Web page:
15. I’ve thought about this but this tub has been bromine for 1.5 years. I haven’t had an issue prior to this. Some people do react negatively to bromine. However, you will not have a reaction initially, You have to have repeated exposure before your immune system responds to a sensitizer so this would not be unusual.
  16. What are you shocking the tub with, chlorine or MPS?
  17. LaMotte uses DPD to test sanitizer and MPS (non chlorine shock) will test as combined chlorine. This known interference is a limitation of DPD testing. Taylor does have a special reagent to remove the interference from MPS for use with their K-2005 (DPD) and K-2006 (FAS-DPD) test kits. The jump in pH was an interference from the high level of MPS. The pH was not that high. In fact, MPS is acidic and your pH was prbably a bit lower than 7.6 at that point. Lesson here is to never test pH when sanitizer test indicates it is at or above 10 ppm (TC or TB). MPS is a known sensitizer. Stop using it. IF you are using bromine then activate with chlorine, not MPS (I prefer liquid chlorine or plain, unscented laundry bleach (both are sodium hypochlorite, only difference is concentration with laundry beach usually 5.25%, 6%, or 8.25% and liquid chlorine 10% or 12.5%. The generator produces sodium hypochlorite (bleach). Ozone destroys chlorine btw. Is your ozone unit UV-C or Corona Discharge? Is your UV a separate germicidal lamp or the UV in the ozone generator? My guess is that it's from MPS. Dermatitis from hot water does happen in some individuals, it is a form of heat rash and can appear as small, itchy bumps or a generalized redness of the skin. There can be an underlying contributing medical condition.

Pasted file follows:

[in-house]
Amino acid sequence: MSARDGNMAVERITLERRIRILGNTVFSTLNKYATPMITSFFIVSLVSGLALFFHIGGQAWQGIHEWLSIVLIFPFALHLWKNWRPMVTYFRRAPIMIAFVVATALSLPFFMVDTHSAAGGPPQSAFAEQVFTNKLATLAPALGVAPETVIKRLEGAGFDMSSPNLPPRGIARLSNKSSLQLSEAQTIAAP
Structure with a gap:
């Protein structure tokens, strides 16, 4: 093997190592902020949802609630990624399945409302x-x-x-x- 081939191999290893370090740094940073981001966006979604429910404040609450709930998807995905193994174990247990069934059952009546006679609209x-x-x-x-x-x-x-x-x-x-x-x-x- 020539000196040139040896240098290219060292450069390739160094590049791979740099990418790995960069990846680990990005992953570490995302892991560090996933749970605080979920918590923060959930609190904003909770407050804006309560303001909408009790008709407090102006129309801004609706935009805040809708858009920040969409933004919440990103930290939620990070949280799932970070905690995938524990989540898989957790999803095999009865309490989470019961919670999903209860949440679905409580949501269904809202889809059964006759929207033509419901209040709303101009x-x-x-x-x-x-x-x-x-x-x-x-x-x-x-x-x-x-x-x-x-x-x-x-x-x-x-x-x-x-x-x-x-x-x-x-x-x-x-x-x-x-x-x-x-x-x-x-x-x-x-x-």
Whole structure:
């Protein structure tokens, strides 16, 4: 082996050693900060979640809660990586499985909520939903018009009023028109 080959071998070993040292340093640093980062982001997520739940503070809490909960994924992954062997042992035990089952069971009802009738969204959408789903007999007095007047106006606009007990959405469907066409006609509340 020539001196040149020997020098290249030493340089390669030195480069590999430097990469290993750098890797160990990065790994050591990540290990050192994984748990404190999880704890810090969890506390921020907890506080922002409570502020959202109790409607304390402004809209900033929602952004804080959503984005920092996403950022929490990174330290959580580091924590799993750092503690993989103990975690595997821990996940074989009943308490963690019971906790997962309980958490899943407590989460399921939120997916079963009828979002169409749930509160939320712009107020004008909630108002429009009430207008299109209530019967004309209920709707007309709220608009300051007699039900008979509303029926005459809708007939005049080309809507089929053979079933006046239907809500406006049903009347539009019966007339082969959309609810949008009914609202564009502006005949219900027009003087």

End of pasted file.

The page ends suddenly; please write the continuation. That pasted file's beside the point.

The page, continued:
18. are you asking for one or telling us about one?
  19. Post a full set of test results (and how they were done such as strips, drop based kit such as Taylor, Meter and reagents such and ColorQ, Dealer testing and how what they used--strips, disc and meter, liquid regents) and what sanitizer system you are using. Also, if you can, post a picture. It will really help. This way we will have a good idea of what might be going on. I am particularly interested in what sanitizer you are using and also your calcium hardness, pH, and total alkalinity. Also, if you are using stabilized chlorine such as dichlor or trichlor what your cyanuric acid (stabilizer) level is. I can think of at least 4 possible causes for what you are describing and we need to narrow it down.
  20. This is because teaspoons and tablespoons are volume measures and they are specifying a weight measure.
  21. According to "15 U.S. Code § 1453 - Requirements of labeling; placement, form, and contents of statement of quantity; supplemental statement of quantity" it would be weight since volume measure is specified to use the largest volume measurement which means it would say '1 pint". Also, since the Bottle also state that it is 453 grams this is a weight measurement and not volume as I originally stated in a previous post, and the rounding of 453g is specified in "NIST Handbook 133, Fourth Edition" for weight labeling. If it were a volume measurement the bottle would also be labeled in either milliliters or liters, most likely as .47 liters. This is assuming it is a US pint and not an Imperial (UK) pint which is 20 ounces. The labeling in both grams and ounces can be clearly seen in the attached picture confirming that it's by weight. Also, the dosing would be by weight.